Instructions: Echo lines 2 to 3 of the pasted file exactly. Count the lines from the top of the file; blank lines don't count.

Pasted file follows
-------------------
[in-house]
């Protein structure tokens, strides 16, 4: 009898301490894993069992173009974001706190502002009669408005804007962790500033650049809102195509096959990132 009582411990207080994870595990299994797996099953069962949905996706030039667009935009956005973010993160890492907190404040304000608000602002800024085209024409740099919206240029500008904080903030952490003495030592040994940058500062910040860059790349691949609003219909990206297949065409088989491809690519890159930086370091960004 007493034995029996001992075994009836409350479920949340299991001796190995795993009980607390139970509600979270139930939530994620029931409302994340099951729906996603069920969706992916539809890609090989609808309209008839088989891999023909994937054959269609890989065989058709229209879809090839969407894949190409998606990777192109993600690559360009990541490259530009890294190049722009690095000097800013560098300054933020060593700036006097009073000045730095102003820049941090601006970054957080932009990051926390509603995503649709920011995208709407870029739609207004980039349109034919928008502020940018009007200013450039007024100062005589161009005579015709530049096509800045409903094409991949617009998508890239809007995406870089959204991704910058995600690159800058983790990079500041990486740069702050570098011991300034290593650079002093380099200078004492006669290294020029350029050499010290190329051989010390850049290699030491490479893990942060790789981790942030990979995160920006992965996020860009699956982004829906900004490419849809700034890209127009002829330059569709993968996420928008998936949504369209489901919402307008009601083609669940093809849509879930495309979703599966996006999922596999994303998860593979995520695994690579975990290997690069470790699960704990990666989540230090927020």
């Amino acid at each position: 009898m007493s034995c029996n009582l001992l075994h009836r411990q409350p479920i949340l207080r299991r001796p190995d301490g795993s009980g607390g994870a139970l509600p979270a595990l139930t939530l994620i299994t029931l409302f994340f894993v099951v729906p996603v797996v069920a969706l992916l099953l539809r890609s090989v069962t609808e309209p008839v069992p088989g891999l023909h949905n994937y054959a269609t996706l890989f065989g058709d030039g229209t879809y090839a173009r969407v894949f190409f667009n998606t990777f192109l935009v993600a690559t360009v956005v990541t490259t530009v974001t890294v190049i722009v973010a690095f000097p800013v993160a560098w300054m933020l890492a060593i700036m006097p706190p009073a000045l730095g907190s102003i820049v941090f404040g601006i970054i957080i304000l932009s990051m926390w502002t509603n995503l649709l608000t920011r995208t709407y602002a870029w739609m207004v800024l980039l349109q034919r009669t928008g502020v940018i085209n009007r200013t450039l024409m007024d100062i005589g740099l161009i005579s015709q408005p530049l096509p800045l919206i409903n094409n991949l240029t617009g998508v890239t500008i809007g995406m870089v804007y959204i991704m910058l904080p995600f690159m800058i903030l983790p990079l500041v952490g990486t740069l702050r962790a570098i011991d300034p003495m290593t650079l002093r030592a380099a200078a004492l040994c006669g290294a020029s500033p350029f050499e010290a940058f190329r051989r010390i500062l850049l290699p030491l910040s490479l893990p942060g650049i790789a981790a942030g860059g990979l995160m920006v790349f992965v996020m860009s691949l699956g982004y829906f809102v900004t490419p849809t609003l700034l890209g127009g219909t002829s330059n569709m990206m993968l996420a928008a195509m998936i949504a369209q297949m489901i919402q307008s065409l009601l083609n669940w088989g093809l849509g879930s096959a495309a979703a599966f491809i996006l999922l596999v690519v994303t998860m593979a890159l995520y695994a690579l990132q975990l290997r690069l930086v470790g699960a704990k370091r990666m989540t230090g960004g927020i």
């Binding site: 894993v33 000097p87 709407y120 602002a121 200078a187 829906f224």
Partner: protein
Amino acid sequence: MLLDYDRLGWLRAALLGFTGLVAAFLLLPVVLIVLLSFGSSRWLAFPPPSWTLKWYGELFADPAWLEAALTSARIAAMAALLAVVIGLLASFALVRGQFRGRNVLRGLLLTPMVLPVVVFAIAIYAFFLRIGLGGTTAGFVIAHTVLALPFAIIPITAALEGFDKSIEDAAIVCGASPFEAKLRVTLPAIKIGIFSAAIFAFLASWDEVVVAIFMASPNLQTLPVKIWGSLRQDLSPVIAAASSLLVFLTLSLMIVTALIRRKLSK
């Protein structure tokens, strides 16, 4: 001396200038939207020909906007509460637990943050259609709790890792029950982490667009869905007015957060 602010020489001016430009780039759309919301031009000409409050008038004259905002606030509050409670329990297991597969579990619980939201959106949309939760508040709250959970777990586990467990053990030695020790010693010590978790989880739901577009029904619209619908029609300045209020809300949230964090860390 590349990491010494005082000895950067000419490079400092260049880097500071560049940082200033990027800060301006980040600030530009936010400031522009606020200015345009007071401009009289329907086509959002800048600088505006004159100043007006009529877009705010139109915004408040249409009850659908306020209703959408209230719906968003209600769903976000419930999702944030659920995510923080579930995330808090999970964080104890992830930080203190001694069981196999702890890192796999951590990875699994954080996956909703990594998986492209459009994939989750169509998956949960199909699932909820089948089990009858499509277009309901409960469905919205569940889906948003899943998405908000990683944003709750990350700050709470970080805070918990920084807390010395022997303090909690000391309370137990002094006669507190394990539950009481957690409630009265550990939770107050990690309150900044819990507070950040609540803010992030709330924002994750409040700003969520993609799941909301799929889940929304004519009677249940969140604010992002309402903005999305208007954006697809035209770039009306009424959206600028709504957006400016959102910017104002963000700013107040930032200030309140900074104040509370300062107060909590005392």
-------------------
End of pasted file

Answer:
């Protein structure tokens, strides 16, 4: 009898301490894993069992173009974001706190502002009669408005804007962790500033650049809102195509096959990132 009582411990207080994870595990299994797996099953069962949905996706030039667009935009956005973010993160890492907190404040304000608000602002800024085209024409740099919206240029500008904080903030952490003495030592040994940058500062910040860059790349691949609003219909990206297949065409088989491809690519890159930086370091960004 007493034995029996001992075994009836409350479920949340299991001796190995795993009980607390139970509600979270139930939530994620029931409302994340099951729906996603069920969706992916539809890609090989609808309209008839088989891999023909994937054959269609890989065989058709229209879809090839969407894949190409998606990777192109993600690559360009990541490259530009890294190049722009690095000097800013560098300054933020060593700036006097009073000045730095102003820049941090601006970054957080932009990051926390509603995503649709920011995208709407870029739609207004980039349109034919928008502020940018009007200013450039007024100062005589161009005579015709530049096509800045409903094409991949617009998508890239809007995406870089959204991704910058995600690159800058983790990079500041990486740069702050570098011991300034290593650079002093380099200078004492006669290294020029350029050499010290190329051989010390850049290699030491490479893990942060790789981790942030990979995160920006992965996020860009699956982004829906900004490419849809700034890209127009002829330059569709993968996420928008998936949504369209489901919402307008009601083609669940093809849509879930495309979703599966996006999922596999994303998860593979995520695994690579975990290997690069470790699960704990990666989540230090927020």
């Amino acid at each position: 009898m007493s034995c029996n009582l001992l075994h009836r411990q409350p479920i949340l207080r299991r001796p190995d301490g795993s009980g607390g994870a139970l509600p979270a595990l139930t939530l994620i299994t029931l409302f994340f894993v099951v729906p996603v797996v069920a969706l992916l099953l539809r890609s090989v069962t609808e309209p008839v069992p088989g891999l023909h949905n994937y054959a269609t996706l890989f065989g058709d030039g229209t879809y090839a173009r969407v894949f190409f667009n998606t990777f192109l935009v993600a690559t360009v956005v990541t490259t530009v974001t890294v190049i722009v973010a690095f000097p800013v993160a560098w300054m933020l890492a060593i700036m006097p706190p009073a000045l730095g907190s102003i820049v941090f404040g601006i970054i957080i304000l932009s990051m926390w502002t509603n995503l649709l608000t920011r995208t709407y602002a870029w739609m207004v800024l980039l349109q034919r009669t928008g502020v940018i085209n009007r200013t450039l024409m007024d100062i005589g740099l161009i005579s015709q408005p530049l096509p800045l919206i409903n094409n991949l240029t617009g998508v890239t500008i809007g995406m870089v804007y959204i991704m910058l904080p995600f690159m800058i903030l983790p990079l500041v952490g990486t740069l702050r962790a570098i011991d300034p003495m290593t650079l002093r030592a380099a200078a004492l040994c006669g290294a020029s500033p350029f050499e010290a940058f190329r051989r010390i500062l850049l290699p030491l910040s490479l893990p942060g650049i790789a981790a942030g860059g990979l995160m920006v790349f992965v996020m860009s691949l699956g982004y829906f809102v900004t490419p849809t609003l700034l890209g127009g219909t002829s330059n569709m990206m993968l996420a928008a195509m998936i949504a369209q297949m489901i919402q307008s065409l009601l083609n669940w088989g093809l849509g879930s096959a495309a979703a599966f491809i996006l999922l596999v690519v994303t998860m593979a890159l995520y695994a690579l990132q975990l290997r690069l930086v470790g699960a704990k370091r990666m989540t230090g960004g927020i």